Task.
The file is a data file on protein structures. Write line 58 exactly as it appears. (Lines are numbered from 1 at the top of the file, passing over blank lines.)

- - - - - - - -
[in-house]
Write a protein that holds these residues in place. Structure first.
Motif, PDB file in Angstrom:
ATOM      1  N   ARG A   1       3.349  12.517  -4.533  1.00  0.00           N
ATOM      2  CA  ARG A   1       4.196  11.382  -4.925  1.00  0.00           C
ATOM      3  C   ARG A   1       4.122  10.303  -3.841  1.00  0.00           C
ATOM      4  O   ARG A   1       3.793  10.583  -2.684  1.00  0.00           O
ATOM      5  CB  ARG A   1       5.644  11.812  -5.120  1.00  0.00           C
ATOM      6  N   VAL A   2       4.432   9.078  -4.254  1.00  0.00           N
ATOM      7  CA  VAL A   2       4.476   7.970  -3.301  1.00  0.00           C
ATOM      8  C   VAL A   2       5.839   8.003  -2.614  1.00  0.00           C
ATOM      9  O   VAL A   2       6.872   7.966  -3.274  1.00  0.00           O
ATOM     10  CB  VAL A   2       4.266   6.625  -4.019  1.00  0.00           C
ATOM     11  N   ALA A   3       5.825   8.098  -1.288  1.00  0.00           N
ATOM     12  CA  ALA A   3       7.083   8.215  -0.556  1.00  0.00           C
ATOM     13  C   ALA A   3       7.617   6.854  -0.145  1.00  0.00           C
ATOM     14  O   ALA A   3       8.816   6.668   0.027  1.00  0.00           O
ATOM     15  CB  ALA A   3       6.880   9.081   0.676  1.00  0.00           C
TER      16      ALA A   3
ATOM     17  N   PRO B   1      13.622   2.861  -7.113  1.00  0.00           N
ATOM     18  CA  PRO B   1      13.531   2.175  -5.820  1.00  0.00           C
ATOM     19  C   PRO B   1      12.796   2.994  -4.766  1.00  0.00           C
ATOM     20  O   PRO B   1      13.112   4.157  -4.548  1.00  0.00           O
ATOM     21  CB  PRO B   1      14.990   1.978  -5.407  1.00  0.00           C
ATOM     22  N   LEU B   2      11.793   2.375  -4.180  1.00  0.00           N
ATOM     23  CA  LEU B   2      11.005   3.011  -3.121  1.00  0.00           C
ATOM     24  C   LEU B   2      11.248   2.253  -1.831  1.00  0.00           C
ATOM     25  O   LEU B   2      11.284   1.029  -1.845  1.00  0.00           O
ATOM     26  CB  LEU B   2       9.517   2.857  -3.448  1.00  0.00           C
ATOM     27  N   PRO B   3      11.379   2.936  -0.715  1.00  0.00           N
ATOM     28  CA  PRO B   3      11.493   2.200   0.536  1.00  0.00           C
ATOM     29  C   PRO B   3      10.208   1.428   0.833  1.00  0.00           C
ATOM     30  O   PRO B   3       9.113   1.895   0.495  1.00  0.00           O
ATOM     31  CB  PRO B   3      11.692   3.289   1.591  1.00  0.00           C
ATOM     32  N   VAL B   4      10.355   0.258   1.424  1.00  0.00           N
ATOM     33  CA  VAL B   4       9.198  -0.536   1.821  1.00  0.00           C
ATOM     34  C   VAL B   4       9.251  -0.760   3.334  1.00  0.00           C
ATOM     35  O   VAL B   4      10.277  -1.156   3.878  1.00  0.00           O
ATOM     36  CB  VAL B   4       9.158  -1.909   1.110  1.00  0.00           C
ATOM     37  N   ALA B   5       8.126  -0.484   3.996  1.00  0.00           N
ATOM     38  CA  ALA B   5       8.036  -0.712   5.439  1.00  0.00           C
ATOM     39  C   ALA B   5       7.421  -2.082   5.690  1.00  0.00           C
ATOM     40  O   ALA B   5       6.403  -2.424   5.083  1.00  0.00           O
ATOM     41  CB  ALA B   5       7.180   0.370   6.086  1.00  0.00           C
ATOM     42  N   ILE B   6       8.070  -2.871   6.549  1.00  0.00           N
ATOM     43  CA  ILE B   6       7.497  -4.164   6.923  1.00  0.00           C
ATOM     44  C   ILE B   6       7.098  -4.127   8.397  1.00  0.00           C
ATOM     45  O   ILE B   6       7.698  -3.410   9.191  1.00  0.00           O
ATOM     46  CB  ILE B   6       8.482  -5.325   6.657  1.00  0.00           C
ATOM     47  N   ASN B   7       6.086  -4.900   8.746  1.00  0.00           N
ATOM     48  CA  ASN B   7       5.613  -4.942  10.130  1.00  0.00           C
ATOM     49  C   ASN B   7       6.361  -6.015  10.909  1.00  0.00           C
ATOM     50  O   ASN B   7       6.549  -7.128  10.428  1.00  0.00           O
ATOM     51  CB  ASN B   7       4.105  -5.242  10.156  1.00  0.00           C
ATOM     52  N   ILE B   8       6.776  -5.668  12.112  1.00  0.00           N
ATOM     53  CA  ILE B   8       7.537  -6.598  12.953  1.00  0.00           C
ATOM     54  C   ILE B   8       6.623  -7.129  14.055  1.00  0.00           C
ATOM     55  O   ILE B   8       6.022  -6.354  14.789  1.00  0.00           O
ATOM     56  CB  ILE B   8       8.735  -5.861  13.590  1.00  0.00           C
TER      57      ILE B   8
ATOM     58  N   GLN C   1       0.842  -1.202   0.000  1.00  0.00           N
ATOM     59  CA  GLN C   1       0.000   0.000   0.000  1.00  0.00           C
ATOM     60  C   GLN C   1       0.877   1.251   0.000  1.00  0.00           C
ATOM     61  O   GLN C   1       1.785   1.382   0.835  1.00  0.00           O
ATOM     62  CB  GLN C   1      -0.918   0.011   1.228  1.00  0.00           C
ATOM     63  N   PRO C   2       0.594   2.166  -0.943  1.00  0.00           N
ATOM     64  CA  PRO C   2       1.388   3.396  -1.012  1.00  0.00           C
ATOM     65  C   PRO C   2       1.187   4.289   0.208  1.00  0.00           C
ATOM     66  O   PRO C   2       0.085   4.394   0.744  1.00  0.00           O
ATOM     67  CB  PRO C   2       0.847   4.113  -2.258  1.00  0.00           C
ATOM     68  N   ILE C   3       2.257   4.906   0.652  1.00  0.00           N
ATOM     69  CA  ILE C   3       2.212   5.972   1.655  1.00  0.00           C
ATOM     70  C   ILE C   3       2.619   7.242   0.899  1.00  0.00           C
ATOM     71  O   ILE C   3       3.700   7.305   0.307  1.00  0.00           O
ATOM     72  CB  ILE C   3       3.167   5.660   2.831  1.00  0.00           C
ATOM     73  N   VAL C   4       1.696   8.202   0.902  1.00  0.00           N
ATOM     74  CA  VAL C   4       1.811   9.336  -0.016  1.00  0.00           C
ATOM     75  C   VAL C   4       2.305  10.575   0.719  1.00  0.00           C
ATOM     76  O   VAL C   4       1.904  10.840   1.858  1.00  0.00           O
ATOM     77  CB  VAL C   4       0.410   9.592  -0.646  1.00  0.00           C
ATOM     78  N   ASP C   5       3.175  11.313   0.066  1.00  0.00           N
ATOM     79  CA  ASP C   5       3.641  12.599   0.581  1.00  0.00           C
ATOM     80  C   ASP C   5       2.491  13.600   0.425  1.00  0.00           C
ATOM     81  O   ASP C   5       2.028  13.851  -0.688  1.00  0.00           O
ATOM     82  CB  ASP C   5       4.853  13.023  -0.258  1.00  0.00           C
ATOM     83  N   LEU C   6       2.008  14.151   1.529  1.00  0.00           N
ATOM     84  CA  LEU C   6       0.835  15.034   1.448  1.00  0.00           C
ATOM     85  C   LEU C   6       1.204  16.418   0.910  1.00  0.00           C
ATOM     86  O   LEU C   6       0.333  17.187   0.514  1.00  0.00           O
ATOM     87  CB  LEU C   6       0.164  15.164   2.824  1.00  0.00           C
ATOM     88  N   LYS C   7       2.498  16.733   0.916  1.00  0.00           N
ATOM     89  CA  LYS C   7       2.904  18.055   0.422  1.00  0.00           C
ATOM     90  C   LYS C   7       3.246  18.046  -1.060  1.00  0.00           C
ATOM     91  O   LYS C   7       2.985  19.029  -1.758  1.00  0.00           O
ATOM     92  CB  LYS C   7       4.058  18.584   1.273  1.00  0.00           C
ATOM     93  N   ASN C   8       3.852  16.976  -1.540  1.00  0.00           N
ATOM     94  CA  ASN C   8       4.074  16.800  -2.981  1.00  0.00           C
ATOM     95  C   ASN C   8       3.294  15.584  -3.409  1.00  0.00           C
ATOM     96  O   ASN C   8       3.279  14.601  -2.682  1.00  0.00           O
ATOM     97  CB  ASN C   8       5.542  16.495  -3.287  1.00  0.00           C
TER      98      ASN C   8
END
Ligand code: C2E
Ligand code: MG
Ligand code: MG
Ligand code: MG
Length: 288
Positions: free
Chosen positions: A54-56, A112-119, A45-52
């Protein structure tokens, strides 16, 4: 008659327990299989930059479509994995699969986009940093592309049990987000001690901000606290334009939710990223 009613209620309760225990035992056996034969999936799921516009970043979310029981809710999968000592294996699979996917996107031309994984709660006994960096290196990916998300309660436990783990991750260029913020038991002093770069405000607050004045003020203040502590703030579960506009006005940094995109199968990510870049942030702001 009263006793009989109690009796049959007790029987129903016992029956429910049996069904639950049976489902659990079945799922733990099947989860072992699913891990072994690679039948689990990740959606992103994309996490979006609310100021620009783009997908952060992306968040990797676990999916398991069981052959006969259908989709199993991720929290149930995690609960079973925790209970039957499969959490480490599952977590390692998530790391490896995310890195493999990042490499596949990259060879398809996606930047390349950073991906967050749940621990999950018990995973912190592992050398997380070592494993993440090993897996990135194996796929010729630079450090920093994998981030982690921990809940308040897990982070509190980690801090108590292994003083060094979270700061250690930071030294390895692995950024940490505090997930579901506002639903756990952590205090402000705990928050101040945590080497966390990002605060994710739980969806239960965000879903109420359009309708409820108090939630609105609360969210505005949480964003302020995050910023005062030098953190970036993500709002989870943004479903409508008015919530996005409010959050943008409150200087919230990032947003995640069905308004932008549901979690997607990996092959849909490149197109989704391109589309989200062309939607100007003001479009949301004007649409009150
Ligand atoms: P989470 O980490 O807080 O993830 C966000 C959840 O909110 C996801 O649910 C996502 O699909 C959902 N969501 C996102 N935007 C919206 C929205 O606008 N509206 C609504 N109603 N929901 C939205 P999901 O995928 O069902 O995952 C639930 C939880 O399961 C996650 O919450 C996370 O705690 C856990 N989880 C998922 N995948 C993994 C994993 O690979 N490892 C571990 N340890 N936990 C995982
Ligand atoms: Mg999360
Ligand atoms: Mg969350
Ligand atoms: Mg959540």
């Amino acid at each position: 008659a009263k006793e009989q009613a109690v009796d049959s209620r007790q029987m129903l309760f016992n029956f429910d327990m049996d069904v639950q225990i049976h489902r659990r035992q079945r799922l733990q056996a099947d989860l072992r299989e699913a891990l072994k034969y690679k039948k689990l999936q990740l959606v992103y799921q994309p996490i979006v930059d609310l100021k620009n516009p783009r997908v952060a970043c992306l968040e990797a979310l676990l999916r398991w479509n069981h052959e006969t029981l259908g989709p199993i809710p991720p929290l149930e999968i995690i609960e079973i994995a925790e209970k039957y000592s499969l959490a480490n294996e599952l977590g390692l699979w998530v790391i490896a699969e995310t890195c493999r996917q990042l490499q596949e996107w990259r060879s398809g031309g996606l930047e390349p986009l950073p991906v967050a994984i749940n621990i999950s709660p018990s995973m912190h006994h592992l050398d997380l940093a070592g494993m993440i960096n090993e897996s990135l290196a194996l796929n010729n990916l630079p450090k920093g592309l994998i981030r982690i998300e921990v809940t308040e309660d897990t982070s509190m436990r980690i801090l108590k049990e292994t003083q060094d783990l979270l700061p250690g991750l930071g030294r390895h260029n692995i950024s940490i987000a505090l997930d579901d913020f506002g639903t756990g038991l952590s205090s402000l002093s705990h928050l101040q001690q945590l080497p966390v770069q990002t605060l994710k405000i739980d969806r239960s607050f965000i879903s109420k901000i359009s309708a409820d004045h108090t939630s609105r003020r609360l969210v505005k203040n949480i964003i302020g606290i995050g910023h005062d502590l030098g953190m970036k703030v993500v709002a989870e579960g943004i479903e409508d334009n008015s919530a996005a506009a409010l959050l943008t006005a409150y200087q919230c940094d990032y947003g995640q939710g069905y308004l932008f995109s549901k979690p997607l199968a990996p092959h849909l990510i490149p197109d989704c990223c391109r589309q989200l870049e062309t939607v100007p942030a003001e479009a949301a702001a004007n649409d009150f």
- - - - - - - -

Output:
ATOM     55  O   ILE B   8       6.022  -6.354  14.789  1.00  0.00           O